Kirov Tank T-100
The T-100 was a twin-turreted Soviet heavy tank prototype, designed in 1938–39 as a possible replacement for the T-35. The T-100 was designed to by N. Barykov's OKMO design team at S.M. Kirov Factory No. 185 in Leningrad. It was in competition with a similar design - the SMK - but neither were adopted and instead a single turret version on the SMK was ordered as the KV-1.
The project was initiated by the Red Army's need to replace the aging five-turreted T-35 tank based on combat experience in the Spanish Civil War. One of the lessons the Red Army drew from this conflict was the need for heavy 'shell-proof' armor on medium and heavy tanks. Although the T-35 was never used in Spain, its thin armor was vulnerable to the small towed antitank guns and gun-armed tanks encountered there by Soviet T-26 and BT tanks.
The T-100 was in direct competition against the very similar SMK heavy tank, by Lt-Colonel Kotin's team at the Leningrad Kirovsky Factory. The original specification was for a five-turreted "anti-tank gun destroyer" which would resist 37mm-45mm guns at any range and 76.2 mm artillery at 1,200 m. Both design teams objected to the antiquated multi-turreted design and the requirement was reduced to two turrets before serious design work began. Both tanks had some modern features, including thick, welded armor, radios and torsion bar suspension (another feature insisted upon by the design teams).
It was ordered as a successor of the mighty five-turreted T-35, world's heaviest tank of the Interbellum. The SMK (Sergey Mironovich Kirov, after a prominent Bolshevik leader assassinated in 1934) was to meet the requirements that were put forth by the Directorate of Armed Forces (ABTU) in November 1937. These requirements called for a tank that could withstand shots from a 76.2mm gun from 3,937 ft (1,200 m). It was also to be powered by a diesel engine as it was felt gasoline was too dangerous in case of hit. The requirements also called for a tank with five turrets. In 1938 the SMK was designed by Colonel Zh. Kotin (chief engineer of the Kirov Works in Leningrad) to replace the T-35. The initial study featured three turrets - the main one with a 76.2mm gun and two smaller offset ones with 45mm:
But this design was soon revised and the final layout had a 76.2 mm gun in the main turret and a 45mm in the lower turret, centerlined. This layout was virtually the same as it's competitors, T-100. The engine was based on a German BMW aircraft engine.
On May 4, 1938 the designs for the SMK and T-100 were presented to a joint committee from the Politburo and Defense Council. Both were approved to build prototypes.
The SMK prototype was completed in August 1939. It was sent to the Kubinka testing grounds outside of Moscow. The SMK was tested alongside the T-100 and KV-1 prototypes.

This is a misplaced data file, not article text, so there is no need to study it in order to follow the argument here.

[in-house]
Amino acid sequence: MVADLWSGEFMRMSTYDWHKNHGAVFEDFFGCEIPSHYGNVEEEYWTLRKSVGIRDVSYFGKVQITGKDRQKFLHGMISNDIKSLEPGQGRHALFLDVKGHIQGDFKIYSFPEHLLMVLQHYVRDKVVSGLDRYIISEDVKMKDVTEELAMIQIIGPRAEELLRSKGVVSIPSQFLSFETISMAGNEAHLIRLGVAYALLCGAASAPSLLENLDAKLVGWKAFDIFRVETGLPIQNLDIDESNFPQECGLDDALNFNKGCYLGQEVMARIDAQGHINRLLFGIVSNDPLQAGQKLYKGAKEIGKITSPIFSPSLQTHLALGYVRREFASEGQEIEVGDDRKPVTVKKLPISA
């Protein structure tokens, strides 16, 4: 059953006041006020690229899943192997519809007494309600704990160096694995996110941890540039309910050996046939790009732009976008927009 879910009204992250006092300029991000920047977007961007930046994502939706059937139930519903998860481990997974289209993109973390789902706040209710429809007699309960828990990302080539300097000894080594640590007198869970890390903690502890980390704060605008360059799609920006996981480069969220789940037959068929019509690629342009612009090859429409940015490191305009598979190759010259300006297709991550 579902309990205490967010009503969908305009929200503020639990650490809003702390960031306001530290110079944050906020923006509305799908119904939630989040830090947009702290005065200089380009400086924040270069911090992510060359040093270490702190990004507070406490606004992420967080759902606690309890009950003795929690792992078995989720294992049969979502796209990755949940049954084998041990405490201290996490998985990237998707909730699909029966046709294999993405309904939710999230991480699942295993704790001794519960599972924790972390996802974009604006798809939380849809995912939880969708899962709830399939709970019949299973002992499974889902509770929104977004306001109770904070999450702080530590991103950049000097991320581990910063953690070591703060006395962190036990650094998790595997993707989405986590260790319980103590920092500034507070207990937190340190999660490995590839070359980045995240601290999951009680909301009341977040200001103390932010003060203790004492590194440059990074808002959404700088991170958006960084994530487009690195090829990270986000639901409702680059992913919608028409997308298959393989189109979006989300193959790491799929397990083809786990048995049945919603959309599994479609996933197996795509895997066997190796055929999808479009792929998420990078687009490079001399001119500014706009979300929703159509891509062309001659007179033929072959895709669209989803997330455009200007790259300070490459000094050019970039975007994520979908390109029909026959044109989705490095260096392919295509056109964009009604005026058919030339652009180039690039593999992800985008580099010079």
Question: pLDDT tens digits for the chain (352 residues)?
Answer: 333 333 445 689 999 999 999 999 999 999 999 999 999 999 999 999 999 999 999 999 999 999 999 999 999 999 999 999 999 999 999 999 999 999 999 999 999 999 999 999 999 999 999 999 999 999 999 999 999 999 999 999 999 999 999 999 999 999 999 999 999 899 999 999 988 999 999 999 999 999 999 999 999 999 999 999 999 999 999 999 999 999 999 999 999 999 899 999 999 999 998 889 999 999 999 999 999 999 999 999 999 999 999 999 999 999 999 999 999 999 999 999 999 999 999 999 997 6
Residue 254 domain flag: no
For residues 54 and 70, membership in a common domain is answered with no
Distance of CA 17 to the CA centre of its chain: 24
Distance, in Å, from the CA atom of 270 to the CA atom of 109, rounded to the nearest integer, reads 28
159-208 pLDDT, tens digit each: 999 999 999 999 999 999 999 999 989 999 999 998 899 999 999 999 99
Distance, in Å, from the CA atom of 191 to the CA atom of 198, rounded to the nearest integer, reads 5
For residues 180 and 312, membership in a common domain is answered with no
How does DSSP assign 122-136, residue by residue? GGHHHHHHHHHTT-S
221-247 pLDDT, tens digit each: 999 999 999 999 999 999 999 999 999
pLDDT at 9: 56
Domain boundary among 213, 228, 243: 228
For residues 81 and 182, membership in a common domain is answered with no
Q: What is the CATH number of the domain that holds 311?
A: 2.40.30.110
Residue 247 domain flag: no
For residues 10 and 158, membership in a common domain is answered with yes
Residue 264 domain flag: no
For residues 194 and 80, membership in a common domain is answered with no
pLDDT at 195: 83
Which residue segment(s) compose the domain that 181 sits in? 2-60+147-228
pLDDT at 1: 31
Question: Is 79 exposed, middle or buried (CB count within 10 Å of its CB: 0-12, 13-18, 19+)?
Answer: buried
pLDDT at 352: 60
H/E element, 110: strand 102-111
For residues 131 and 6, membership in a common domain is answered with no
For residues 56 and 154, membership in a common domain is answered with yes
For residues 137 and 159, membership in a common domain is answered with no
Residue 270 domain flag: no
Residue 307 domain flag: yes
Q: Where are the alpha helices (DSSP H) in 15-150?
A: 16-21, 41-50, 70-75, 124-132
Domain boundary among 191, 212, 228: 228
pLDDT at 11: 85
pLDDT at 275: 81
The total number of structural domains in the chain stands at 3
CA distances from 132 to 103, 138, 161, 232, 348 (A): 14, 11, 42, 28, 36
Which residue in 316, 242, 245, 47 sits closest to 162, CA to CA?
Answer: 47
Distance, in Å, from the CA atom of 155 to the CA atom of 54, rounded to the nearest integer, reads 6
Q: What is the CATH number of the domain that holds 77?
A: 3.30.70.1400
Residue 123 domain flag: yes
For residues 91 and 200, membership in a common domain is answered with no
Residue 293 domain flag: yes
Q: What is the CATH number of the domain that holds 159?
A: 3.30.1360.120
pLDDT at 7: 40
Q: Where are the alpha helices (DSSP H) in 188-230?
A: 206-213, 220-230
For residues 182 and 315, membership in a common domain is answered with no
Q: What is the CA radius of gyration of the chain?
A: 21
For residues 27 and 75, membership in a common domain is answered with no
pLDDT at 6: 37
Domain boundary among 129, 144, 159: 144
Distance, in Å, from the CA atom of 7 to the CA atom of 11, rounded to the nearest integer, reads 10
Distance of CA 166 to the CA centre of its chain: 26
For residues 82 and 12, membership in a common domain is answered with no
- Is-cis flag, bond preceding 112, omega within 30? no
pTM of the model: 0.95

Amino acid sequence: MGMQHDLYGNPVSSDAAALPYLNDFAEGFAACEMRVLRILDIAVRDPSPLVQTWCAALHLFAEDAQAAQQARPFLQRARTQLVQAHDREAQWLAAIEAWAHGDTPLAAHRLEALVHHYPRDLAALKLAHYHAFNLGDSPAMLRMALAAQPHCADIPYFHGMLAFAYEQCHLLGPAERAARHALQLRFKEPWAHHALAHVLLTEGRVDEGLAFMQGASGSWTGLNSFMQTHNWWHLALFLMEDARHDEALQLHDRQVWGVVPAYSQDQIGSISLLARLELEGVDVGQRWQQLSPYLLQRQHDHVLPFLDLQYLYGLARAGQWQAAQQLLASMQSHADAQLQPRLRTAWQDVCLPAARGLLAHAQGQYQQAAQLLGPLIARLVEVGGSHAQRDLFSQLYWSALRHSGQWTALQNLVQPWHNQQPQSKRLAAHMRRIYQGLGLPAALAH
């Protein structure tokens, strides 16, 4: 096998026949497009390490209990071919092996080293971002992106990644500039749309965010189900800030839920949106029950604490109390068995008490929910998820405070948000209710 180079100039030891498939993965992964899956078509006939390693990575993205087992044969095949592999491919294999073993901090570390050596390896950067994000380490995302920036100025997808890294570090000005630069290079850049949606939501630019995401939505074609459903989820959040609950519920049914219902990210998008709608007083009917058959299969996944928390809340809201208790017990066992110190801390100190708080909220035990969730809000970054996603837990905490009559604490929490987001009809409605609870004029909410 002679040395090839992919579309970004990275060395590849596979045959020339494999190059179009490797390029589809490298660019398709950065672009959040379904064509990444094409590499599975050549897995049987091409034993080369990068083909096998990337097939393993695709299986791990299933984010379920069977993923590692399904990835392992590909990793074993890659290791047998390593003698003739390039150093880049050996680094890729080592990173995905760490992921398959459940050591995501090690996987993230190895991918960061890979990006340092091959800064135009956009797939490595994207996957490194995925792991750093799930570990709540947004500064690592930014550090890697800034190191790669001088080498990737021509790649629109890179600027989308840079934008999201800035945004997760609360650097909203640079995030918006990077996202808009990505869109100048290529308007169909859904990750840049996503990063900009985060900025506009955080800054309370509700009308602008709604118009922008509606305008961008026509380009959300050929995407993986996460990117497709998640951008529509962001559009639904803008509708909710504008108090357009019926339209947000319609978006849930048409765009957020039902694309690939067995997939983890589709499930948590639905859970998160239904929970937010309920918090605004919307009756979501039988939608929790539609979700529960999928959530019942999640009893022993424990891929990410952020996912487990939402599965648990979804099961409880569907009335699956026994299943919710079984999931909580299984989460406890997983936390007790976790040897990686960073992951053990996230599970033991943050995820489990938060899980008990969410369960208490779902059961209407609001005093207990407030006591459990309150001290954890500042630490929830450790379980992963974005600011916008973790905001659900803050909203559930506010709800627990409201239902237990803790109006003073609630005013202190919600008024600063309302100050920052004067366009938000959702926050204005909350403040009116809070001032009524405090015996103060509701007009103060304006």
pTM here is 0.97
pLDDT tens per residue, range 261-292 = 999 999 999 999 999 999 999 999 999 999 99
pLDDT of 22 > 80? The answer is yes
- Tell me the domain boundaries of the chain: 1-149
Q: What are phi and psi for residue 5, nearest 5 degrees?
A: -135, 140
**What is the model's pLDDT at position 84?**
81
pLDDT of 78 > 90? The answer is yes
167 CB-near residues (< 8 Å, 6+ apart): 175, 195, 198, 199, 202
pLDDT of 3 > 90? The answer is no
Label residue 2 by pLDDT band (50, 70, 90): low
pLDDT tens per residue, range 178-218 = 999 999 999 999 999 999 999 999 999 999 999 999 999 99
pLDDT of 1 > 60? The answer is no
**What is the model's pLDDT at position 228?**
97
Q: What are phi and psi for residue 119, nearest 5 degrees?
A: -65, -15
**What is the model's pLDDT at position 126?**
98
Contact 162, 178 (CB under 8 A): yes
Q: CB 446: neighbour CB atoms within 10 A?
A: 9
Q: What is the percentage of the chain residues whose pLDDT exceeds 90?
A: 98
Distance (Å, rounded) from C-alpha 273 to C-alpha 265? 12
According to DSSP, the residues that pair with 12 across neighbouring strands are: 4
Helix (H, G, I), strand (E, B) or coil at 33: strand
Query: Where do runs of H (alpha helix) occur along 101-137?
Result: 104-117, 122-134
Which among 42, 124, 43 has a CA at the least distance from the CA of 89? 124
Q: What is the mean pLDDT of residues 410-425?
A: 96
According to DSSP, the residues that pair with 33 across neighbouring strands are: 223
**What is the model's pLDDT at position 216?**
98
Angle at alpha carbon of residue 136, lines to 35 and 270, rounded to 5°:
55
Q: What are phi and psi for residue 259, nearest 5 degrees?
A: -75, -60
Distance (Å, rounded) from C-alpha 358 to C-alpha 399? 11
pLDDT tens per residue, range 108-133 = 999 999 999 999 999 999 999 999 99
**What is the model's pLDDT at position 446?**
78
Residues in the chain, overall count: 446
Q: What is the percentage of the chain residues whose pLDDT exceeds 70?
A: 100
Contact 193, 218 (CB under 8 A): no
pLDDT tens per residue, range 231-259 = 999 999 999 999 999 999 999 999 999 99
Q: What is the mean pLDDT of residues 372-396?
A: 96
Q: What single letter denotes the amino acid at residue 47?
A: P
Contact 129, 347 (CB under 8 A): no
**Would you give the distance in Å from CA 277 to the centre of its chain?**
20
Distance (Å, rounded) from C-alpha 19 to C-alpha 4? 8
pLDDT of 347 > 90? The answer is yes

The T-100 tank sported two turrets placed on a long chassis. The front turret, mounting a 45mm antitank gun, was placed at a lower elevation than the other, and as such had a limited area of fire. The top turret, mounting a 76.2mm gun, was able to turn a full 360 degrees. The multi-turret design concept had been common in the 1920s, with the British one-off Vickers A1E1 Independent influencing the Soviet T-35.
The prototype T-100 tank was briefly tested alongside the other designs in the Soviet invasion of Finland in 1939 without success. It was never put into production, due to the archaic design concept, poor mobility and the availability of a far superior alternative, the KV series.The SMK was used in the Winter War with Finland. The T-100, SMK, and KV-1 prototypes were a part of the 91st Tank Battalion of the 20th Heavy Tank Brigade and had their first combat near Summa from December 17 to 19.5
In an attempt to rush a tank armed with a large howitzer capable of dealing with Finnish bunkers into use, one of the T-100s was converted into the SU-100Y self-propelled gun. It did not go into production, although the prototype was used in the defence of Moscow in 1941.
On December 19 the SMK and T-100 were joined by five T-28s and Red Army infantry. The SMK was immobilized by a mine which blew off one if its tracks. It was then found that during the repairs, under fire from the Finns, that the engine wouldn't restart. The T-100 was hooked up to it to try and tow it out of fire. But this was difficult in the icy conditions.
The SMK was eventually abandoned when the covering forces started to run low on ammunition. The SMK wasn't recovered until February 1940 when the Red Army broke through the Mannerheim Line.
There were attempts to use the T-100 chassis as a platform for an 6in howitzer carriage (T-100Z) and for self-propelled guns (here's one of several designs, the SU-100Y, armed with a 130mm naval gun).